6. Marcus It sounds like a Hohner D40 Anglo - but to be honest, this is a relatively simple find on Google rather than something which needs the combined expertise of the concertina.net university. Have a look at what you can find on Google and if it's not clear from there ask again! Alex West
  7. Brian In normal times, you'd be welcome to come and visit and try out an anglo (and I know a number of English players near here as well) but I fear that's not on at the moment. Send me a PM if you want to tell me exactly where you are and maybe I can give you some suggestions (I'm in N Ayrshire). I'm sure others will chip in with suggestions around your price range Alex West
  8. Paul The 50 key Ab/Eb Praed St Jeffries you sold me weighs 4lbs with 7 fold bellows so heavier than this one, and my 46 key GD Jeffries is 3lb 8oz so comparable - and that's by no means slow. No reason why this instrument shouldn't be good for fast playing (although the lowest reeds might slow things down a bit) but maybe the reeds need voicing? As I've advised someone else recently, unless you're standing, most of the weight is carried on the thigh anyway. Agree with everything else you say Alex West
  9. Neil If Mike's don't work out, I've an old empty right hand one. Don't know what happened to the left hand Alex West
  10. I could be mean and say that accordions are out of tune by design so no-one notices when they're out. I speak from experience having played in many sessions in Aberdeen with 1 or 2 fiddlers and umpteen accordion players. See the thread on reed tuning to see Dave Elliot's thoughts on the perceptions of concertina in-tune-ness. Again from experience, concertinas can be way out and still playable in sessions. As an aside, I've a concertina here at the moment which is over 100 years old, hasn't been tuned since the day it was born, spent a long time in America and still plays acceptably in-tune (albeit in old pitch) Alex West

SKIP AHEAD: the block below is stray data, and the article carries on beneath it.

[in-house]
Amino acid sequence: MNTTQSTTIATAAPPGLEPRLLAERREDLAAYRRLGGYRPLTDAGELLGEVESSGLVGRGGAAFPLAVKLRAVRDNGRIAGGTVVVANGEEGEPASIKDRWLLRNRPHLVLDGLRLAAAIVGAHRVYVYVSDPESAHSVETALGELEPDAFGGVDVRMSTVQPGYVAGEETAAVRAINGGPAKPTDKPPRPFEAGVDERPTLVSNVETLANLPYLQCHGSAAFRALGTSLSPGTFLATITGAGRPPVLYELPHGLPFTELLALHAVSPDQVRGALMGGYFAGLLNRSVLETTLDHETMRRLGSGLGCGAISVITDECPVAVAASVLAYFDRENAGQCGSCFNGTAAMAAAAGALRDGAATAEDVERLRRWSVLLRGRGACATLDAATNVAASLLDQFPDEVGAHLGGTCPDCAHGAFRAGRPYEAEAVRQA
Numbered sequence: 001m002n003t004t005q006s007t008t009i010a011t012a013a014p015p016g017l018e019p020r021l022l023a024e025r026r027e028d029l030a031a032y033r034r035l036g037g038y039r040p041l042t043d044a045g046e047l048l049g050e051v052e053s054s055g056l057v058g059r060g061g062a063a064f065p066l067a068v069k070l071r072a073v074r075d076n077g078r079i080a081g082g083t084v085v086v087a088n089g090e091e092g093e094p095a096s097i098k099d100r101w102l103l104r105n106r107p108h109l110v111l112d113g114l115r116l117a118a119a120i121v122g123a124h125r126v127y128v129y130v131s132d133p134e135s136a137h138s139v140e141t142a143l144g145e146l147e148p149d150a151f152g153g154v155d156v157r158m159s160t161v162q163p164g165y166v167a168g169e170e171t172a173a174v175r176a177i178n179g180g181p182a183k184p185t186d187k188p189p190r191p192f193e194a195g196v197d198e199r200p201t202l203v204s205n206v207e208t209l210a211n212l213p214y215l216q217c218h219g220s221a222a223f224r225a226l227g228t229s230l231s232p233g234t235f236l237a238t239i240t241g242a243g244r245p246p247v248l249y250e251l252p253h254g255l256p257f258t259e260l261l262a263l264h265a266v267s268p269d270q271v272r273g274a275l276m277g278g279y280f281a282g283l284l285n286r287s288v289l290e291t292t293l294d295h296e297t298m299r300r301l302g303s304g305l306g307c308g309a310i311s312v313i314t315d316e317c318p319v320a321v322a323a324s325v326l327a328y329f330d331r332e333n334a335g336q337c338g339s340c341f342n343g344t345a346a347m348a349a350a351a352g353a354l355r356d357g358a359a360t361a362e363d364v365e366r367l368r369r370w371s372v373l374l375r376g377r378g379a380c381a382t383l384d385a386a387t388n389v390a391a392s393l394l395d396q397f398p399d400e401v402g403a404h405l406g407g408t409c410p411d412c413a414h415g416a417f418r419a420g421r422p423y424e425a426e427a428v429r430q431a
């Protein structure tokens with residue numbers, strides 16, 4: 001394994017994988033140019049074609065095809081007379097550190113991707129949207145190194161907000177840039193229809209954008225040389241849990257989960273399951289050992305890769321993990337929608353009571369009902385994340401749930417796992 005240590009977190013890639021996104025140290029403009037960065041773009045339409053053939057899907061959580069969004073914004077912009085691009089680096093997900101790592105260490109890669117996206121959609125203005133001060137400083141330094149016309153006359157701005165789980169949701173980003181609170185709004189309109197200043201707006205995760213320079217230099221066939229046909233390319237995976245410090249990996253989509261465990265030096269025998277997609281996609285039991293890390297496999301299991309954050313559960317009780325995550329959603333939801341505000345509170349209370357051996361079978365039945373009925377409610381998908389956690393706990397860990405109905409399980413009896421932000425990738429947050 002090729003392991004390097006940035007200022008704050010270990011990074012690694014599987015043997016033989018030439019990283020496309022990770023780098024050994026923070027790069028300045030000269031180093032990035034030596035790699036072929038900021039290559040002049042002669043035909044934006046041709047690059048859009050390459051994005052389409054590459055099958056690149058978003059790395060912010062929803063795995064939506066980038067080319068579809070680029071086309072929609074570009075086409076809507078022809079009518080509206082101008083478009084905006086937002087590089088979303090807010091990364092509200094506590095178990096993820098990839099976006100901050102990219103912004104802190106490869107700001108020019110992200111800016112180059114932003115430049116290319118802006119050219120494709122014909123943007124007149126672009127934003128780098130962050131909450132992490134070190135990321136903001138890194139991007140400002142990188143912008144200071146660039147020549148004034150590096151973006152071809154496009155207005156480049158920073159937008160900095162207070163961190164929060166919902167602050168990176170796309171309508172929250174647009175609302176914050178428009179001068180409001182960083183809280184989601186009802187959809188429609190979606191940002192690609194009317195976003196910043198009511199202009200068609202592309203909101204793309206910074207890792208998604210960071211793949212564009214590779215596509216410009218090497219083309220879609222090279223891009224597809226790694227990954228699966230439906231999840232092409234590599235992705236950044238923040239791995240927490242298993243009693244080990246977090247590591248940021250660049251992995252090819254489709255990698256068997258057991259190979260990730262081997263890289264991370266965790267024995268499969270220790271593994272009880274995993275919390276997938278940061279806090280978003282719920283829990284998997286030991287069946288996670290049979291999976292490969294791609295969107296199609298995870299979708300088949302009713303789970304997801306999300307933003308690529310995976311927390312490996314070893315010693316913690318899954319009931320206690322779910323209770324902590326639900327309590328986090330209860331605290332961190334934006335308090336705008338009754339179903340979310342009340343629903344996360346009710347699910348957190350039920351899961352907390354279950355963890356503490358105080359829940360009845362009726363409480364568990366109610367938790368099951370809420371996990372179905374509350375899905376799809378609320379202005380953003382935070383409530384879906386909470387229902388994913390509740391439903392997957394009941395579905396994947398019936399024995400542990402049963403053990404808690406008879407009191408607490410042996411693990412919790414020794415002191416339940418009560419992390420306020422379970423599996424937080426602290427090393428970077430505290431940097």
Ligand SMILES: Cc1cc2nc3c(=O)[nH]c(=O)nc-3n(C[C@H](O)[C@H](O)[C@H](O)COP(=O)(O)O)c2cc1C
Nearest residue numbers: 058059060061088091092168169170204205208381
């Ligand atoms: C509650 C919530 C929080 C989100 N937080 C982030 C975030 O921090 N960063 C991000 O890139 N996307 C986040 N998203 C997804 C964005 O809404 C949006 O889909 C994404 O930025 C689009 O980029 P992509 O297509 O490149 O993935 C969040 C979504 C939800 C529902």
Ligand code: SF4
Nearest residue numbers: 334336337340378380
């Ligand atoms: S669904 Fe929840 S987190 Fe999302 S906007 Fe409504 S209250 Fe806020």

11. I called a couple of days ago and was told he's busy rewiring the workshop so couldn't get to the phone. I suspect that's all it is. Be patient Alex West
  12. Alex You clearly know more about UV than I do! Looking back at the Internet source I used, it was only 24 hours and I used an "ordinary" 15W Energy Saving Black Light bulb. I figured that whilst UVC was "best" I could use an ordinary source and simply soak teh bellows for longer. I didn't get anywhere near the light when it was operational as it was shielded in the bellows Alex West
  13. A friend of mine had a Wheatstone duet which she said was totally unplayable be]cause of the mould inside the bellows. She said she was prepared to have new bellows made if that would solve the problem but before she took that step, could I do something about it. She is very sensitive to dust and allergens so whilst I couldn't detect or smell anything, I gave it a go. I wiped the entire bellows internally with a bathroom mould & mildew cleaner - not wet, just a damp cloth to avoid (or minimnise) any softening of the bellows glue. I then exposed the inside of the bellows to a UV light for 48 hours (suspended a UV bulb inside the open bellows in the garage). Finally, I stuck a piece of ac tivaterd charcoal filter inside the bellows so that air would "wash" through it as she played. This all seemed to do the trick and my "customer" said she could now play it without discomfort. I'd be interested in more professional opinions but some of this may work for you? Alex West